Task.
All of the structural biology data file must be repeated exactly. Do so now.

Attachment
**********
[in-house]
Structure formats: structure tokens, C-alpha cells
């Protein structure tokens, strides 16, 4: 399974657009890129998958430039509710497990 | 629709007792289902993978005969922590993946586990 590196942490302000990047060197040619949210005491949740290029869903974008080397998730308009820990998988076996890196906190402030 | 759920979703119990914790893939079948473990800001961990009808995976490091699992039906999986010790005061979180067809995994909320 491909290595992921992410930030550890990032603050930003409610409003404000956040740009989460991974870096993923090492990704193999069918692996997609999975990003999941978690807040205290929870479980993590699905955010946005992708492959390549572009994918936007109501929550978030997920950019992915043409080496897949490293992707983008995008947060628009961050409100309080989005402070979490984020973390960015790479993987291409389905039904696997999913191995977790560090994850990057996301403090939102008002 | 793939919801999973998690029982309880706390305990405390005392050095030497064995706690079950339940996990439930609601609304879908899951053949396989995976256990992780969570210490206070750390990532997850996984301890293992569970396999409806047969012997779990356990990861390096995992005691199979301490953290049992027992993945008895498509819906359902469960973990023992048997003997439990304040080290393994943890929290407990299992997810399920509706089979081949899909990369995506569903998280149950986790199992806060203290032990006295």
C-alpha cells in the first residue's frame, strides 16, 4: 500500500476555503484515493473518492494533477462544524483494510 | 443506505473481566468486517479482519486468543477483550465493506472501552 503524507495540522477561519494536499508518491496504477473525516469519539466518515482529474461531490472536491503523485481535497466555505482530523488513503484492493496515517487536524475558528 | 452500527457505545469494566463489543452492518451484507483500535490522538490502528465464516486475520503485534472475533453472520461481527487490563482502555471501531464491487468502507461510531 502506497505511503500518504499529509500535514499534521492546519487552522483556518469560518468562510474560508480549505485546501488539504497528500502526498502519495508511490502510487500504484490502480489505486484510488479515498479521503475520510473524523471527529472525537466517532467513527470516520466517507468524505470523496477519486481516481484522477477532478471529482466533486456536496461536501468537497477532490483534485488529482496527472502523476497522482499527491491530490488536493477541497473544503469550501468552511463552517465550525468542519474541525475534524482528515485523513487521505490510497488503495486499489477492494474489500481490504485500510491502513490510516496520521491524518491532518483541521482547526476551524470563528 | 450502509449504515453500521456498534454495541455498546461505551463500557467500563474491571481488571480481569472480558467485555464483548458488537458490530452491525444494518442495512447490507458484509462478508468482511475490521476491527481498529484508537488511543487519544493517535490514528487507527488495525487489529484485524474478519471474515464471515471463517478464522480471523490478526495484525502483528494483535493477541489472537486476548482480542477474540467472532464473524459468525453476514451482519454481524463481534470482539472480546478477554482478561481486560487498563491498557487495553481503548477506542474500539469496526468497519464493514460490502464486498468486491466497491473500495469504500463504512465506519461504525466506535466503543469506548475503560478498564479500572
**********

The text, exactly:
[in-house]
Structure formats: structure tokens, C-alpha cells
């Protein structure tokens, strides 16, 4: 399974657009890129998958430039509710497990 | 629709007792289902993978005969922590993946586990 590196942490302000990047060197040619949210005491949740290029869903974008080397998730308009820990998988076996890196906190402030 | 759920979703119990914790893939079948473990800001961990009808995976490091699992039906999986010790005061979180067809995994909320 491909290595992921992410930030550890990032603050930003409610409003404000956040740009989460991974870096993923090492990704193999069918692996997609999975990003999941978690807040205290929870479980993590699905955010946005992708492959390549572009994918936007109501929550978030997920950019992915043409080496897949490293992707983008995008947060628009961050409100309080989005402070979490984020973390960015790479993987291409389905039904696997999913191995977790560090994850990057996301403090939102008002 | 793939919801999973998690029982309880706390305990405390005392050095030497064995706690079950339940996990439930609601609304879908899951053949396989995976256990992780969570210490206070750390990532997850996984301890293992569970396999409806047969012997779990356990990861390096995992005691199979301490953290049992027992993945008895498509819906359902469960973990023992048997003997439990304040080290393994943890929290407990299992997810399920509706089979081949899909990369995506569903998280149950986790199992806060203290032990006295």
C-alpha cells in the first residue's frame, strides 16, 4: 500500500476555503484515493473518492494533477462544524483494510 | 443506505473481566468486517479482519486468543477483550465493506472501552 503524507495540522477561519494536499508518491496504477473525516469519539466518515482529474461531490472536491503523485481535497466555505482530523488513503484492493496515517487536524475558528 | 452500527457505545469494566463489543452492518451484507483500535490522538490502528465464516486475520503485534472475533453472520461481527487490563482502555471501531464491487468502507461510531 502506497505511503500518504499529509500535514499534521492546519487552522483556518469560518468562510474560508480549505485546501488539504497528500502526498502519495508511490502510487500504484490502480489505486484510488479515498479521503475520510473524523471527529472525537466517532467513527470516520466517507468524505470523496477519486481516481484522477477532478471529482466533486456536496461536501468537497477532490483534485488529482496527472502523476497522482499527491491530490488536493477541497473544503469550501468552511463552517465550525468542519474541525475534524482528515485523513487521505490510497488503495486499489477492494474489500481490504485500510491502513490510516496520521491524518491532518483541521482547526476551524470563528 | 450502509449504515453500521456498534454495541455498546461505551463500557467500563474491571481488571480481569472480558467485555464483548458488537458490530452491525444494518442495512447490507458484509462478508468482511475490521476491527481498529484508537488511543487519544493517535490514528487507527488495525487489529484485524474478519471474515464471515471463517478464522480471523490478526495484525502483528494483535493477541489472537486476548482480542477474540467472532464473524459468525453476514451482519454481524463481534470482539472480546478477554482478561481486560487498563491498557487495553481503548477506542474500539469496526468497519464493514460490502464486498468486491466497491473500495469504500463504512465506519461504525466506535466503543469506548475503560478498564479500572